Plant-Based Protein Powders
With summer just around the corner I know many of you have been getting into shape. With all that hard work taking place in the gym, a few of you have been requesting my protein raw ball recipe. So here you go, the recipe is finally up as promised. These are really meant to be a snack; a tasty little morsel that fills you up, satisfies those sweet cravings and is completely raw, vegan and refined sugar free.
The recipe can be found here or under the 'Snack' section under 'Recipes', but before you head over to the recipe stick around and find out how you can also improve your health this summer, by making the simple switch to a plant protein.
There's been a definite shift over the past years when it comes to our appearances; men have moved away from skinny jeans (thank God) to growing muscles and beards. It's not just the men; women have ditched their fear of heavy weights and 'strong' has become the new 'skinny' - just hop onto Instagram and you'll see the evidence for yourself. Whilst the increase in people passionate about exercising is great, there's a few nasty behaviours such as throwing back the protein shakes and eating protein loaded bars that can leave your health in turmoil. It doesn't have to be like that though; you can have your muscles and good health by making the switch to a plant-based protein.
How much protein?
So do you know how much protein you actually need a day? For those of you concerned with muscle growth there's a simple way to workout what your daily protein needs are:
- If you're exercising for 1 hour or more, 5 or more days a week you need 0.55g of protein per pound of your weight
- If you're exercising for 45 minutes a day, 3-4 days a week you need 0.45g of protein per pound of your weight
Now you know how much you need, you can simply reach your required intake through good nutrition and supplementation if needed. A good plant protein contains between 13g -20g of protein per serving, whilst a whey protein contains between 20g -25g of protein per serving. So yes there is a difference, but from my experience and research the muscle growth you achieve through plant protein powders is leaner and easier to maintain - meaning any missed gym sessions will be noticed less. Plus if you're still concerned about your protein intake just double the serve of plant protein and you'll still avoid some of those nasty side effects whey protein gives you!
What are the health benefits?
If you're experiencing digestion issues, troubled skin or putrid smelling farts it's most likely down to your whey protein.
Whey protein is the bi-product of cheese making; it's the waste they don't want to waste. It's usually made up of more than 50% lactose, and the majority of us have some trouble digesting lactose. This is because most of us stop producing lactase, the enzyme that breaks down lactose, after the age of 5 years old. So when you gulp down that whey protein shake it hits your digestive system as undigested sugars and starts to ferment in your gut. This is what causes your digestive issues such as bloating and those familiar 'protein farts' you're probably experiencing. It's totally unnecessary! Make the switch and your digestion will thank you (your partner will thank you too).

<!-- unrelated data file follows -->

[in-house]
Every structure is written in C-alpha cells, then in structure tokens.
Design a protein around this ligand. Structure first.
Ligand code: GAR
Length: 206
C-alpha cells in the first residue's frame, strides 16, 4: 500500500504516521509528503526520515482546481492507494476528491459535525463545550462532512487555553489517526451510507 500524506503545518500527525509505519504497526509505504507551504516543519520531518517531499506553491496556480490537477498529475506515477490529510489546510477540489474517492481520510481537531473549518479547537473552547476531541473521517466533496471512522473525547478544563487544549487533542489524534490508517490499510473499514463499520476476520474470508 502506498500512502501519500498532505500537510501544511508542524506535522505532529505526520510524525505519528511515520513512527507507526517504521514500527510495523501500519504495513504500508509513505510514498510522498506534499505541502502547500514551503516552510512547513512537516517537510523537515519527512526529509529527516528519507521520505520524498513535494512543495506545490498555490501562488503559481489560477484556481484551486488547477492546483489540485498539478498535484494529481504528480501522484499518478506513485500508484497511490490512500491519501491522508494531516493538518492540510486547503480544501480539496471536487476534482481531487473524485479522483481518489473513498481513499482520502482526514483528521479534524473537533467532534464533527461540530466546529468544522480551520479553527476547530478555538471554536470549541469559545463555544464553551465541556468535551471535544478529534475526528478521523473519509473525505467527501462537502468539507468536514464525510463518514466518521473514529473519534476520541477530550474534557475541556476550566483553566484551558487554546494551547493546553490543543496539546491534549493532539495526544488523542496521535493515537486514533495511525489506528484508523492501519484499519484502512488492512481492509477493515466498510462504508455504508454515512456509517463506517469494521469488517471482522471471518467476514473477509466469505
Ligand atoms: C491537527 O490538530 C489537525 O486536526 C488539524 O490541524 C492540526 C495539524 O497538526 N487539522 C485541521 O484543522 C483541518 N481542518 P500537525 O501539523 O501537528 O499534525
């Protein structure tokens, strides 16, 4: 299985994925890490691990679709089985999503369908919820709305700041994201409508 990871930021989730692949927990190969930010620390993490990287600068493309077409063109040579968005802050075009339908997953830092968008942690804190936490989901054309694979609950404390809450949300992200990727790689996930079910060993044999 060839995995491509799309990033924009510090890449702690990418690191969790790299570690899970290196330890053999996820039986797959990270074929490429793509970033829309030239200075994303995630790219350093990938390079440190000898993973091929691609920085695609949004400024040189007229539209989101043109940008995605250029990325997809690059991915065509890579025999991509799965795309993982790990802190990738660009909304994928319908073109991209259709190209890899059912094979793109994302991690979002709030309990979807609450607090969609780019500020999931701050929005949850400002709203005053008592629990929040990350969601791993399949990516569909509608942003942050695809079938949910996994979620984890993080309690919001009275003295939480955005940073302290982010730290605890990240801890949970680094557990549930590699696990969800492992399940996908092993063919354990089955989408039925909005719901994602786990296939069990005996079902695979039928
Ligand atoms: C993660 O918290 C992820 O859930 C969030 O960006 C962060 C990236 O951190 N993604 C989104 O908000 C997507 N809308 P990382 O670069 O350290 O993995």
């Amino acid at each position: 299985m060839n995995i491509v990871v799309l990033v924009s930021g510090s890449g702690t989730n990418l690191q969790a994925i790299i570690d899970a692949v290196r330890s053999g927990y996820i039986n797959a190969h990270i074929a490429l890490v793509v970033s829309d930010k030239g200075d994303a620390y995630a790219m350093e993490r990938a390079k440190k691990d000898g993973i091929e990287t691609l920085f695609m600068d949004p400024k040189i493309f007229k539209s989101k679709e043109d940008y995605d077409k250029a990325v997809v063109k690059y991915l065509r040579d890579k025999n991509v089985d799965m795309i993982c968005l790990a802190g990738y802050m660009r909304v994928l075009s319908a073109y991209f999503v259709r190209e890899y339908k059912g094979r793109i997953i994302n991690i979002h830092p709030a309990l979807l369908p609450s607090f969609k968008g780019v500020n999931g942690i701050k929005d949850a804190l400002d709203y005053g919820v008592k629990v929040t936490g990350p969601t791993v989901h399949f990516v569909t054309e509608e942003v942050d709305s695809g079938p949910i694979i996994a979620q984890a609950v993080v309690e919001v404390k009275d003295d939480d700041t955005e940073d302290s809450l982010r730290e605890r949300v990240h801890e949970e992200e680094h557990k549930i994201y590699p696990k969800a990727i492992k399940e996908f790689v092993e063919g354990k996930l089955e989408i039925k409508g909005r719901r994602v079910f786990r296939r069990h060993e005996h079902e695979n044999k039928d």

Secondly, if you're suffering from bad skin on your face or your back get off the whey protein now. In short, whey protein contains androgens, the hormone that stimulates muscle growth; unfortunately it also stimulates sebum (oil) production as well as accelerated cell growth thus resulting in acne. By consuming whey protein you're essentially giving yourself hormonal acne! Lay off the whey and dairy, and your skin will most likely clear up pretty quickly.
So what protein should you switch to?
All the proteins listed below contain all the essential amino acids and non-essential need for recovery and building muscle. They are gluten free, non-GMO and free from the chemicals, acids and solvents traditionally used to extract protein. Here is a quick macronutrient breakdown of three popular plant proteins:
120 calories; 4g fat; 7g carbs; 13g protein per 30g serving
80 calories; 0g fat; 4g carbs; 17g protein per 21g serving
70 calories; 0.3g fat; 0g carbs; 20g protein per 25g serving
Lastly AVOID soy protein! Whilst soy has a high protein content the extraction process of that protein, like with whey protein, makes it toxic. Additionally the phytoestrogens in soy can lead to some of the same nasty side effects as whey protein.
So there you have it, a few good reasons to make the switch today. Let me know how you get on or if you have any more questions. Don't forget to check out my protein raw ball recipe here.